It's the society we live in.



posted on Jan, 3 2013 @ 05:06 PM
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Originally posted by forgetmenot
I don't think video games, tv, and movies are the problem; I do think obsession with them is a problem in our society. Entertainment can be just that: entertaining. But when you close out everything but that entertainment you're bound to be affected by it. That's not to say, however, that it leads to violence.

If anything I think it leads to impatience; Try making a hardcore gamer wait for anything besides a release date
edit on 3-1-2013 by forgetmenot because: (no reason given)


Ok, let's work on your assumption. Gamers learn impatience.
Doesn't poor impulse control combined with impatience lead to violence?

Impatience itself is a form of poor impulse control, poor self control, so according to your reasoning, the violent games and media lead to poor self control, which leads to being easily angered, which in turn can lead to a conditioned response to anger. Voile! Violent aggression against those who thwart the gamers
"wants and needs".



posted on Jan, 3 2013 @ 05:08 PM
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Originally posted by _BoneZ_

Originally posted by TinkerHaus
Sure, some people play violent video games all day and don't act out in violence - but many people DO act out violently as a result of their lifelong exposure to the glamorization of violence.

Let's not start being dishonest here. You've got the above backwards. I'll fix it for ya:

Most people who play violent video games all day every day don't act out in violence. A very few people DO act out in violence as a result of their exposure to violence in video games.

Those people who do act out have mental issues in one form or another. But you're not going to sit there and falsely protest that out of the millions upon millions of people who play shooters like Call of Duty, or criminalistic games like Grand Theft Auto, that many of them act out in violence because of their "exposure", and that only "some" of them don't act out. That is absolutely inaccurate and absurd.






Well, I'll let the real researchers do the work for me - just watch the documentary and read my link about Cultivation Theory.

You don't need to start tossing insults because I had something negative to say about one of your favorite pass times.

And if we're going to talk about banning guns in this country, we need to look behind that tool that is being used at the reasons people would consider going on a killing spree in the first place. Cultivation Theory pretty concretely shows that people with exposure to violence in various forms of media react differently when seeing violence than people who are NOT exposed. Your hobby is dulling your conscious - I'm not insulting you, I'm just telling you what the research says.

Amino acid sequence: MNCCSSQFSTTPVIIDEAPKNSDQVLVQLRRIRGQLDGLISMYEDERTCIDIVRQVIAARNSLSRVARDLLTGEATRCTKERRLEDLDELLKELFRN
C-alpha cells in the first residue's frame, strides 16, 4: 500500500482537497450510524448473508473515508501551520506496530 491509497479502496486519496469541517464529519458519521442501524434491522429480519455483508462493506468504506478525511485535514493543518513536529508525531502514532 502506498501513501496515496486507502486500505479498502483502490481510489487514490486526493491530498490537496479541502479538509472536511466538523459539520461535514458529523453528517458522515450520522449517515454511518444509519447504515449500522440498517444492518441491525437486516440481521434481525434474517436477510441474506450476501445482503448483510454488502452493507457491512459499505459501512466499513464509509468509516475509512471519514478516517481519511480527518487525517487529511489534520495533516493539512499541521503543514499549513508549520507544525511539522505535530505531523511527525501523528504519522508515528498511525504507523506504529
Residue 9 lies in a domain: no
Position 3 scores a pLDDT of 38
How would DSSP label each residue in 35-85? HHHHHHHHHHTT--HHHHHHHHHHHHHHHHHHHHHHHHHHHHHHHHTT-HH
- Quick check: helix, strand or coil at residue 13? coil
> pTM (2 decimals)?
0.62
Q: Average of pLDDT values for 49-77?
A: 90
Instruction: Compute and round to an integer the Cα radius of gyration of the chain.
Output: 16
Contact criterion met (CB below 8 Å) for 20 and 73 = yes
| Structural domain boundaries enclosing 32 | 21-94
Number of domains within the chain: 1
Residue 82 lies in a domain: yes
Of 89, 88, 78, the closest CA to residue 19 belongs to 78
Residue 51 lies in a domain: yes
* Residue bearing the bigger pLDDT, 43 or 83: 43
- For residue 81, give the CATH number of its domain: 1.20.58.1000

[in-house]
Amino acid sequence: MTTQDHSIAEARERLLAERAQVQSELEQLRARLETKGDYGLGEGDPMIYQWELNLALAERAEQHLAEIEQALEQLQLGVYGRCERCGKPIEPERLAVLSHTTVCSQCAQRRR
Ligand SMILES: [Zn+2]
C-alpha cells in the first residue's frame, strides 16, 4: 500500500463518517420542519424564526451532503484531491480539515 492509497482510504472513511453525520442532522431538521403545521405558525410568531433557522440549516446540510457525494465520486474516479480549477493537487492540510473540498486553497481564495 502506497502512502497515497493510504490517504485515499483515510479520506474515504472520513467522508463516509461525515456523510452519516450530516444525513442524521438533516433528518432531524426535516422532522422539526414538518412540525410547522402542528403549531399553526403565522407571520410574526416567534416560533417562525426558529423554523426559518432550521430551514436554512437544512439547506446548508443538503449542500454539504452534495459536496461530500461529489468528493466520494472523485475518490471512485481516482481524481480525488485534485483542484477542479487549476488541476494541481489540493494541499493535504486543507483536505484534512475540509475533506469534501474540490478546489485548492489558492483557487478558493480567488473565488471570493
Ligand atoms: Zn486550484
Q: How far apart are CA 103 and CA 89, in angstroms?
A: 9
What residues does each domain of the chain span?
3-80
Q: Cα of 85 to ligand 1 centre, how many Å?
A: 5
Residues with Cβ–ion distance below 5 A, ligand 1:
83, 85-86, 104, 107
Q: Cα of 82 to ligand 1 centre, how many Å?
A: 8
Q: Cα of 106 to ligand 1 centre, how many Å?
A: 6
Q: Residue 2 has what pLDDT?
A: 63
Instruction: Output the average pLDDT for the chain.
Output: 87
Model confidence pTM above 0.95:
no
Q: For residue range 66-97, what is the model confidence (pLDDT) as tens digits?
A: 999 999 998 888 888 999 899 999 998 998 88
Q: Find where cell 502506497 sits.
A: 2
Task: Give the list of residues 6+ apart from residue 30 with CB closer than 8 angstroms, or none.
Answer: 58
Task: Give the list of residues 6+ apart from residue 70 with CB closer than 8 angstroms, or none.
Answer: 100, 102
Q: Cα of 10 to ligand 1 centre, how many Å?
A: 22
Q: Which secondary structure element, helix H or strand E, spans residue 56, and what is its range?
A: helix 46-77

Have a nice day!



posted on Jan, 3 2013 @ 05:08 PM
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I agree with the OP on this. At least I agree it's conditioning and desensitizing. It's NOT cause and effect ... but it's making the acts being committed easier I believe.

Like others here, I'm a gamer too. Not so much the last couple years but I was an absolute menace to snipers in Team Fortress (Half Life for those non gamers) for years. Nothing better than a nice head shot when the idiot is off looking another direction. Awww.. I swear I could almost hear the scream of frustration sometimes.


I think the difference today is that during MY formative years when values and the definition of what is truly disturbing and wrong vs. what can be seen in shades of gray and rationalized came when "violent" games consisted of near stick figures in Castle Wolfenstein on the Apple IIc and Police Quest games. I was well out of those age ranges when video game violence with a near true to life levels of detail and graphic level became commonplace.

I can't say how I may have come to see things if I'd been "committing" simulated acts of murder, assassination and beating innocent people to death for score (Grand Theft Auto Series... Postal, Saints Row series .. etc) from single digit ages onward. It *HAS* to do something to make those concepts and visuals carry less impact when seen and DONE that young, day in and day out for years. Most GOOD gamers I know now and have ever known put hundreds upon hundreds upon HUNDREDS of hours into a good game before it goes on the shelf for the next one. 10's of thousands of "frags" or kills ..over those literal weeks of clock hours combined.

I think we'd be foolish to think it has no impact whatsoever. Although to blame them as a CAUSE ...is also too simple an approach, in my view.



posted on Jan, 3 2013 @ 05:08 PM
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To support what some others have posted...here's an article written a little over a year ago...


History and the Decline of Human Violence


In a magisterial new book, Harvard psychologist Steven Pinker argues that humanity's "better angels" are triumphing

By Gareth Cook

Steven Pinker, a professor of psychology at Harvard University, is the author of the best-selling books, “How the Mind Works,” and “The Blank Slate.” But he is also a public intellectual, devoted to bringing the ideas of academia to questions of broad public interest. His latest work is an ambitious attempt to understand the origins, history—and perhaps the future—of human violence. The book is called “The Better Angels of Our Nature: Why Violence Has Declined,” and it combines science with history to conclude that, by many measures, we live in the best of times, not the worst.


To the best of my knowledge, books have been around for sometime. Some I would posit contained violent themes that would pale in comparison to anything video games offer today. In essence, books affect the mind in the same way, even more as the visuals created within the constructs of the readers mind are subjective to the reader.

I (being quite partial as it is) would have to respectfully disagree with this theory of yours OP!



posted on Jan, 3 2013 @ 05:11 PM
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Originally posted by grandmakdw
Are TPTB encouraging violent movies, tv and video games to reduce the surplus population?